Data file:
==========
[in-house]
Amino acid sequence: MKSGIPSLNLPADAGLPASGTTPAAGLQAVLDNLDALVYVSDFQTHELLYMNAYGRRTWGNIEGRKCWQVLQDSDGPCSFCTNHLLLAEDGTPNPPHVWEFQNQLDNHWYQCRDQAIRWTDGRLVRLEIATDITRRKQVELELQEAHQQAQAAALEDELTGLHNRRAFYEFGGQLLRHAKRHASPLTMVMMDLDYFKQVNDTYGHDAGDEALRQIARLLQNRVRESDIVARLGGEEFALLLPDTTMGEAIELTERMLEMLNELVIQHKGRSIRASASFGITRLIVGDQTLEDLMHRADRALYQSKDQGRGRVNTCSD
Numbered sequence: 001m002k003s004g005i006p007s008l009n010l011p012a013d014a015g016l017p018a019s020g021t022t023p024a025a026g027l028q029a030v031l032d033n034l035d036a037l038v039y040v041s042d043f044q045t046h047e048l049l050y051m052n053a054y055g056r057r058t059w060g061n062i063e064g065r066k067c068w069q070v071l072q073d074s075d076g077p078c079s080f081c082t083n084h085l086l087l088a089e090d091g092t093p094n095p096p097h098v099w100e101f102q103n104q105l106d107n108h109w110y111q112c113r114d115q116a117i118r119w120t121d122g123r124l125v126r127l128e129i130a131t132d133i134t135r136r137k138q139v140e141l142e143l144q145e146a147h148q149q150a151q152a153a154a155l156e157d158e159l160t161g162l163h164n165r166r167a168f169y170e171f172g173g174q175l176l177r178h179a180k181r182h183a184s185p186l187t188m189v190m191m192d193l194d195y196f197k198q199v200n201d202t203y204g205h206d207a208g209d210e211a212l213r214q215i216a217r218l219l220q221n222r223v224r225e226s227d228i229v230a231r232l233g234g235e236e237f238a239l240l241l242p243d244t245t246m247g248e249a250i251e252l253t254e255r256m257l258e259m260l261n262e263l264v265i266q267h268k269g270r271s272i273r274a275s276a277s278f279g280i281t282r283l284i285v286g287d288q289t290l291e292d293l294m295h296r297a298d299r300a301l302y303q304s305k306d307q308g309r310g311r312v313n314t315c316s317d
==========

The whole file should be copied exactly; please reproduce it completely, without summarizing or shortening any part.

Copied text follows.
[in-house]
Amino acid sequence: MKSGIPSLNLPADAGLPASGTTPAAGLQAVLDNLDALVYVSDFQTHELLYMNAYGRRTWGNIEGRKCWQVLQDSDGPCSFCTNHLLLAEDGTPNPPHVWEFQNQLDNHWYQCRDQAIRWTDGRLVRLEIATDITRRKQVELELQEAHQQAQAAALEDELTGLHNRRAFYEFGGQLLRHAKRHASPLTMVMMDLDYFKQVNDTYGHDAGDEALRQIARLLQNRVRESDIVARLGGEEFALLLPDTTMGEAIELTERMLEMLNELVIQHKGRSIRASASFGITRLIVGDQTLEDLMHRADRALYQSKDQGRGRVNTCSD
Numbered sequence: 001m002k003s004g005i006p007s008l009n010l011p012a013d014a015g016l017p018a019s020g021t022t023p024a025a026g027l028q029a030v031l032d033n034l035d036a037l038v039y040v041s042d043f044q045t046h047e048l049l050y051m052n053a054y055g056r057r058t059w060g061n062i063e064g065r066k067c068w069q070v071l072q073d074s075d076g077p078c079s080f081c082t083n084h085l086l087l088a089e090d091g092t093p094n095p096p097h098v099w100e101f102q103n104q105l106d107n108h109w110y111q112c113r114d115q116a117i118r119w120t121d122g123r124l125v126r127l128e129i130a131t132d133i134t135r136r137k138q139v140e141l142e143l144q145e146a147h148q149q150a151q152a153a154a155l156e157d158e159l160t161g162l163h164n165r166r167a168f169y170e171f172g173g174q175l176l177r178h179a180k181r182h183a184s185p186l187t188m189v190m191m192d193l194d195y196f197k198q199v200n201d202t203y204g205h206d207a208g209d210e211a212l213r214q215i216a217r218l219l220q221n222r223v224r225e226s227d228i229v230a231r232l233g234g235e236e237f238a239l240l241l242p243d244t245t246m247g248e249a250i251e252l253t254e255r256m257l258e259m260l261n262e263l264v265i266q267h268k269g270r271s272i273r274a275s276a277s278f279g280i281t282r283l284i285v286g287d288q289t290l291e292d293l294m295h296r297a298d299r300a301l302y303q304s305k306d307q308g309r310g311r312v313n314t315c316s317d